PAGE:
These small groups, breaking open the word of God in more consistent and extended ways every time they meet, help believers experience the power of the word through reflection, discussion, personal sharing and common prayer. Making lectio divina a part of small group sharing can be a way to link Catholics to experiences of contemplation and adoration, as the Word leads them to fuller awareness and acceptance of God’s action in their lives.
Transforming the Parish
Nearly every session at the synod referred to the parish as a central nucleus in Catholic life and renewal. Certainly, many commentators remark on the unique role that the parish has played in American life, being a force for community unity and organizing for generations of immigrants. But participants from every continent spoke of the parish’s central place in evangelization. If the Second Vatican Council underlined the importance and power of liturgy for Catholic life, it also thereby affirmed the centrality of the parish, where the Eucharist is celebrated in an open and regular way for a community of the faithful. Synod fathers urged the devout and expressive celebration of the Eucharist as a key value in the Catholic experience. They spoke about welcome and inclusion as part of one’s experience of the parish. Looking at Catholic life in relational terms, Catholics could see the parish as the main gathering community for the smaller communities of faith (families and small groups) that are part of the new evangelization.
Parishes should also embrace charity, the dramatic way in which the new evangelization receives its most compelling witness. If the Trinity is the experience of God’s superabundant love, then the Trinity guides us to reveal that love to all humankind. Synod fathers pointed to the works of Mother Theresa and other initiatives to feed the hungry and care for people in need as examples of how the reality of faith is revealed through charity. Jesus coupled his preaching with “miracles”—deeds of wonder that showed God’s liberating power and forgiveness to all, particularly those without much esteem in society.
The synod spoke often of the need to reach out to those who have no faith or who have become “tired” in their faith. Much of this work falls to parishes and other movements connected to parishes. No document received more attention than “On Evangelization in the Modern World,” an apostolic exhortation of Pope Paul VI, which spoke of evangelization as the essential mission of the church, the reason for its existence. While the new evangelization focuses particularly on those peoples who have already received the faith (rather than those who have not explicitly heard the Gospel), it recognizes that hard-and-fast categories cannot be laid down in a world as mobile as ours, a world where people shift their allegiances so often.
How parishes embody outreach beyond their members remains the major challenge for them. Parishes have some images to fall back on when they think of liturgy and catechesis (much as these images need to be infused with new life); few of them, however, have institutional images of reaching out beyond their own membership to those who have ceased practicing their faith or who might be ready to accept an invitation.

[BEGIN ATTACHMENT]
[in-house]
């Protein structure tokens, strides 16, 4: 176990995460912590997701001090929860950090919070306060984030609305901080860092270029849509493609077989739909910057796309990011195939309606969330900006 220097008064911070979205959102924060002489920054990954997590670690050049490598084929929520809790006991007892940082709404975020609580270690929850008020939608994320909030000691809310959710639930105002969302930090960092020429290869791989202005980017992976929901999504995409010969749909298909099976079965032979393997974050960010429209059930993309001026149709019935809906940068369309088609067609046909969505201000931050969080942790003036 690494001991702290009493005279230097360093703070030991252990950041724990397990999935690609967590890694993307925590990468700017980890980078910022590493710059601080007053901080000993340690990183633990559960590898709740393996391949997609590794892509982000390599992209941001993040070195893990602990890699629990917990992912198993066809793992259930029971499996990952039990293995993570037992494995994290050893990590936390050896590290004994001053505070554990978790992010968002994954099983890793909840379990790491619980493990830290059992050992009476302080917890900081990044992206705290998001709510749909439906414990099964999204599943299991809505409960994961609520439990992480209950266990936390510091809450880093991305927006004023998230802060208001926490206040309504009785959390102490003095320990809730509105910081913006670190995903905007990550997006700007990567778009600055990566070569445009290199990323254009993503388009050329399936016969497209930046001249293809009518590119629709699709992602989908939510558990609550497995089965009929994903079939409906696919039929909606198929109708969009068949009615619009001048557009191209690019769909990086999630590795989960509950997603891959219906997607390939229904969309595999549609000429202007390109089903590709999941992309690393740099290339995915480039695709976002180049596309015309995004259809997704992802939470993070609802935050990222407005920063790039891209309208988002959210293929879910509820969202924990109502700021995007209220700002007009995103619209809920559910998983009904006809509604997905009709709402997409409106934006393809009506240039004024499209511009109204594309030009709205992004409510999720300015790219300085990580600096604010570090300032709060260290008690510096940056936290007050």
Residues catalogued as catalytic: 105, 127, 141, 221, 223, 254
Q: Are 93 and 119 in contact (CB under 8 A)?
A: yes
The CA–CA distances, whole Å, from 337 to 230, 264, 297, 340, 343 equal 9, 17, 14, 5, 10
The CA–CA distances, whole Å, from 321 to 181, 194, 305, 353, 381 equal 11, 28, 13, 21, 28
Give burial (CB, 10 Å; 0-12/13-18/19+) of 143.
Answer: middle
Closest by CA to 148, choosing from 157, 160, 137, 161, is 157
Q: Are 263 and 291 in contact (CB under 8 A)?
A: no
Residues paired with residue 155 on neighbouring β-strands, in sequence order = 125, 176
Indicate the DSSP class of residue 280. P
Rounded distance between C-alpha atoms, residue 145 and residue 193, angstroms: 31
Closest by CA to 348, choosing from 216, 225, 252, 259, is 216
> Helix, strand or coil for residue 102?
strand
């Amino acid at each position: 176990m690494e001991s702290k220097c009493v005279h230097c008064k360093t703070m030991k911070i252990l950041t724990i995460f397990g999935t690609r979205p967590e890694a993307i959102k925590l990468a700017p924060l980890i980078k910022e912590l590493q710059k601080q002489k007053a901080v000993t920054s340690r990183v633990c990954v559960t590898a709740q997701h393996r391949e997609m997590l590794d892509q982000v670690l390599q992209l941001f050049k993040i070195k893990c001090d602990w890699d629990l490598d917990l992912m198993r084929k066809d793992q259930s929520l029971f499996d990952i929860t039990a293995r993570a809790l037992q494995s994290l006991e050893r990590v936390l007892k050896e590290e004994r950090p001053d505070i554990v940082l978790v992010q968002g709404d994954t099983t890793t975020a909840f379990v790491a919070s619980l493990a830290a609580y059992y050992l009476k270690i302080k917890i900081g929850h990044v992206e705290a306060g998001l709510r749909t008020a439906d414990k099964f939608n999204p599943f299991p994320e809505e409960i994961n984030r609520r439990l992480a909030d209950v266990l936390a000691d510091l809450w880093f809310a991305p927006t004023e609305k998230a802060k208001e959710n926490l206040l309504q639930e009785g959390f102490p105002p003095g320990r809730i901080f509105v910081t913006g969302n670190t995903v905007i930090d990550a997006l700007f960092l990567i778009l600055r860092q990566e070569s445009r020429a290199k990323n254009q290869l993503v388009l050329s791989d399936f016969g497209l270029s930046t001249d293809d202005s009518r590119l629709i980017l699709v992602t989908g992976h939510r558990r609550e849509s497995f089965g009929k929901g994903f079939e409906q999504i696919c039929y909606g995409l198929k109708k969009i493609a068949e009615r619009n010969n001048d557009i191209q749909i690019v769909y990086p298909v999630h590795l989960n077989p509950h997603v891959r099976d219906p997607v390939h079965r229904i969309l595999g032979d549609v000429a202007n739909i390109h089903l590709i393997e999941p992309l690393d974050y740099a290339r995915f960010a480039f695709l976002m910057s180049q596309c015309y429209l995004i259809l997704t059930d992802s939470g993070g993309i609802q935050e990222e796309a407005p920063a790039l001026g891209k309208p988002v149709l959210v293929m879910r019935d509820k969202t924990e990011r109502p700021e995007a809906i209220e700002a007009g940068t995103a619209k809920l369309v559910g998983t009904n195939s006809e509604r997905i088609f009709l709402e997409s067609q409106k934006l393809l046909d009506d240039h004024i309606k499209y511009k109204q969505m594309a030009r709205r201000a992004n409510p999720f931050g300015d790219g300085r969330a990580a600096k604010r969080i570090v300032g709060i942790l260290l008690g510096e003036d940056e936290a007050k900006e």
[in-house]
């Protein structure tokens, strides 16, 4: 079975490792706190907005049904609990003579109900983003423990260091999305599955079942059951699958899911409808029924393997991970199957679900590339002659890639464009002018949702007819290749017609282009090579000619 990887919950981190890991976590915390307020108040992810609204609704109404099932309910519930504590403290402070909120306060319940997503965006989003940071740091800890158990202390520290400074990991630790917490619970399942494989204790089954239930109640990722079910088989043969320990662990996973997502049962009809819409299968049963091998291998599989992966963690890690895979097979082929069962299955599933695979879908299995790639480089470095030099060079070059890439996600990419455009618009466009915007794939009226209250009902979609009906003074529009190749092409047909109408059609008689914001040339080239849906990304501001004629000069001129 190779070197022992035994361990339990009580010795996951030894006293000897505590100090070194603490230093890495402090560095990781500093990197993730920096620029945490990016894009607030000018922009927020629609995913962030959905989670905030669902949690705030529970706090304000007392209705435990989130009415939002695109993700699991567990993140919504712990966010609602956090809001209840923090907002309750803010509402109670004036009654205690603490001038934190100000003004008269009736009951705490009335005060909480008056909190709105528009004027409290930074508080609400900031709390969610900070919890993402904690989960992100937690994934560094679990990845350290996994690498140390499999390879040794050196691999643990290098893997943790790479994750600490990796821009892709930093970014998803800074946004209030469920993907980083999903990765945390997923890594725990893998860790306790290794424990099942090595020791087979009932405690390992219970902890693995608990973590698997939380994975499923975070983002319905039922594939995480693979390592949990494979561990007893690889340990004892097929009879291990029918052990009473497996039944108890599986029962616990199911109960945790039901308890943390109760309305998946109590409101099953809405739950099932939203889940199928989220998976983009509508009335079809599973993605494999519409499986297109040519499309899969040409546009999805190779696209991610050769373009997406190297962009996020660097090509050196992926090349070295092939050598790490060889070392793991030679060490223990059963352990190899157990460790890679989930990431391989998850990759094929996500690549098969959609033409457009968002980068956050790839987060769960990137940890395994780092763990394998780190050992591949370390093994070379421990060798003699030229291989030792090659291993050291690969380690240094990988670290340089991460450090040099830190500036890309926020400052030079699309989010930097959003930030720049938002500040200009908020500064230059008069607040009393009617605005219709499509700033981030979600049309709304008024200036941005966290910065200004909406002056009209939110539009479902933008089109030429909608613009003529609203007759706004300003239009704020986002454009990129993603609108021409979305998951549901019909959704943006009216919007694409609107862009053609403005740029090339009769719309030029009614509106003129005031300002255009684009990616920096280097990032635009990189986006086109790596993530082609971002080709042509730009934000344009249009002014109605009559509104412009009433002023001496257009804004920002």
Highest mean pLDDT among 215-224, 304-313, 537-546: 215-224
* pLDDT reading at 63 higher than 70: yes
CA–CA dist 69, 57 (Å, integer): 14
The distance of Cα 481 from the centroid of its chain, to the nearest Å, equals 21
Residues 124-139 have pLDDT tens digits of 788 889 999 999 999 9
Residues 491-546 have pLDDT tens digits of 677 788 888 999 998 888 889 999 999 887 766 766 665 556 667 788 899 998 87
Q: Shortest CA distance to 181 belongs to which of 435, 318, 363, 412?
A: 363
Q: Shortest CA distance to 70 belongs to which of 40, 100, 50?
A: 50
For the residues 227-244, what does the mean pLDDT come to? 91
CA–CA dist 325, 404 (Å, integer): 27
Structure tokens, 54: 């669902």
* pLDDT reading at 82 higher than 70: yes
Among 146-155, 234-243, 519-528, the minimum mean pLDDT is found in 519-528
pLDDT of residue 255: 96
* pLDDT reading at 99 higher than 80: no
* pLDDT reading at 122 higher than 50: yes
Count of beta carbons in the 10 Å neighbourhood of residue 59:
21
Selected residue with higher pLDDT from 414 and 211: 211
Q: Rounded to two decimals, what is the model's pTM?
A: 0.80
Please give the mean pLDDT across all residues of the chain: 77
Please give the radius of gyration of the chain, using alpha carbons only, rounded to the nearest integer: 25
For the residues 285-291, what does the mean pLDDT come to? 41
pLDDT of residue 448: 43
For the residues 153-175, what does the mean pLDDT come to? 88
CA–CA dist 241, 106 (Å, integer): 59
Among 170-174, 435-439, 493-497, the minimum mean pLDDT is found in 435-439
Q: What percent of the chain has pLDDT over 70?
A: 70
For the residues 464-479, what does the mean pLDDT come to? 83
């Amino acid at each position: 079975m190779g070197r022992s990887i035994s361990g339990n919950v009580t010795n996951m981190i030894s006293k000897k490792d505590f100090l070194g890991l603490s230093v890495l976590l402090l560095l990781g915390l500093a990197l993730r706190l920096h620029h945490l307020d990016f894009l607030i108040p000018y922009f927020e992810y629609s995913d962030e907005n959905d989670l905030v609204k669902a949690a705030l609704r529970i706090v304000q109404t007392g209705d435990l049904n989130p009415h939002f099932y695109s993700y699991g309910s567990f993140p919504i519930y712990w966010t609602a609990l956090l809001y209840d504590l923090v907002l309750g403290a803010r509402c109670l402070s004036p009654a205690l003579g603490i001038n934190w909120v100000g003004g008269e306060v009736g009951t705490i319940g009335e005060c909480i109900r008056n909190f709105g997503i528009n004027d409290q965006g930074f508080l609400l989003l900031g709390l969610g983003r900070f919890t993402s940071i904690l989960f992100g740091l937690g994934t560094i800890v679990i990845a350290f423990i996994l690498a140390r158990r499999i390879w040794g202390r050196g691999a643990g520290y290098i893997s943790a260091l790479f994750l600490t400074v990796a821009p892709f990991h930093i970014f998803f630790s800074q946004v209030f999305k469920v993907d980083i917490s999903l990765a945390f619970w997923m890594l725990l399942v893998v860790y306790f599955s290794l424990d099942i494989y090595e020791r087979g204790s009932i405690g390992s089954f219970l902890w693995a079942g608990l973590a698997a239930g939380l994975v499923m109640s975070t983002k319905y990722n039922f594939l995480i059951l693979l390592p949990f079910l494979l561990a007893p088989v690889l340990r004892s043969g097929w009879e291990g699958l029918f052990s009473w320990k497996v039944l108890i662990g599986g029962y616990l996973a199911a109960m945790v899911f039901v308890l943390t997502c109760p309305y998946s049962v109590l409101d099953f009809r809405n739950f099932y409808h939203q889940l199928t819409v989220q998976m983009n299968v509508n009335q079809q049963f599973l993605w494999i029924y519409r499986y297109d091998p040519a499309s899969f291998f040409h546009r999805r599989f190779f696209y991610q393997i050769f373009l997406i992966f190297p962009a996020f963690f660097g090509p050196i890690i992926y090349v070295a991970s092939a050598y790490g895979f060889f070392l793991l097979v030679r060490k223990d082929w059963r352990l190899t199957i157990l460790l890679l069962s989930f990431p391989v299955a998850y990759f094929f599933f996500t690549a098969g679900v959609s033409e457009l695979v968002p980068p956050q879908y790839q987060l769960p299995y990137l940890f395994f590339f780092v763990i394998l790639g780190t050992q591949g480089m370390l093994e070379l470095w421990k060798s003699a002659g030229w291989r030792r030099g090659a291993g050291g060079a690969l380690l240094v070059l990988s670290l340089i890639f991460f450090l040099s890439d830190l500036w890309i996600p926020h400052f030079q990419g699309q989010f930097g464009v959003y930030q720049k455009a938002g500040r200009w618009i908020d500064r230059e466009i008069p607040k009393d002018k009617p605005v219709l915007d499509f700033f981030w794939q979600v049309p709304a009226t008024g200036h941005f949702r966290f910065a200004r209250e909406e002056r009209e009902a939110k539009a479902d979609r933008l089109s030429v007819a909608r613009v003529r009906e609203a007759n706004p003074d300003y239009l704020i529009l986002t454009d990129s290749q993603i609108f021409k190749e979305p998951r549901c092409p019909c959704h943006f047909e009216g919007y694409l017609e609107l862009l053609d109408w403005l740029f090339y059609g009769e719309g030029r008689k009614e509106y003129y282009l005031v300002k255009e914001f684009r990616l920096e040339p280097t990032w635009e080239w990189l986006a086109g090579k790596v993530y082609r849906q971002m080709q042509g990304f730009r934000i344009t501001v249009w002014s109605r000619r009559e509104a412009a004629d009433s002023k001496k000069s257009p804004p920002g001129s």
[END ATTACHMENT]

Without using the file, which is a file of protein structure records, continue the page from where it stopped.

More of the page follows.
The synod did not see parishes and dioceses as working in isolation when it comes to the new evangelization. The prevailing notion of the synod was that, in effect, “we are all in this together”; there is no need for independent movements and parishes.
Broadening the Vision
In addition, the synod was quite open to ecumenical and interfaith dimensions of the new evangelization. Many Protestant representatives attended the synod, universally speaking with joy and support about the move of the Catholic Church toward the new evangelization. Archbishop Rowan Williams, head of the Anglican Communion at the time, delivered one of the major addresses to the synod. He spoke about the importance of helping people relate to God through Jesus in the practice of contemplation.
Interreligious dialogue focused to a large extent on Islam and the need to share common beliefs and concerns and to grow in understanding of each other. Bishops from countries with large Muslim populations frequently noted the difficulty of being a Christian church in a society where conversion to Christianity is often a crime and inviting people to conversion can mean imprisonment.
Similarly, bishops from Asian countries reflected on the unique place of Christianity in the midst of religions that flourished long before the coming of Jesus Christ, the joint values that Catholics shared with these ancient faiths and the essential dialogical posture that Catholics must have when interacting with other believers.
The notion that the new evangelization began with the Second Vatican Council could be heard at various times during the synod. The grounding of the council’s work in its four major constitutions—on liturgy, the church, revelation and the church in the modern world—provided an initial blueprint by which the church could express itself anew, in accord with its deepest tradition, to the modern world. The call to live faith boldly, while dialoguing with modern culture and all believers, hearkened back to the confidence that Pope John XXIII engendered when he asked that the ancient windows of the Catholic Church be opened up to let in more air.
The synod, then, looks for a renewed Catholic people, this time engaged in faith through their own experience, not just recipients of faith through a Catholic culture. The experience primarily turns on Jesus and the community of faith he began. As Catholics live in the world, they bring to that world the power of these relationships of faith, sharing them freely within their families and inviting others to participate in the joy of faith in Jesus Christ.
Should these goals and directions take root, the primary vision of the Catholic faith, the people of God who have encountered their savior in Jesus, can transform not only the billion plus who identify as Catholic, but, as importantly, many beyond the community of faith.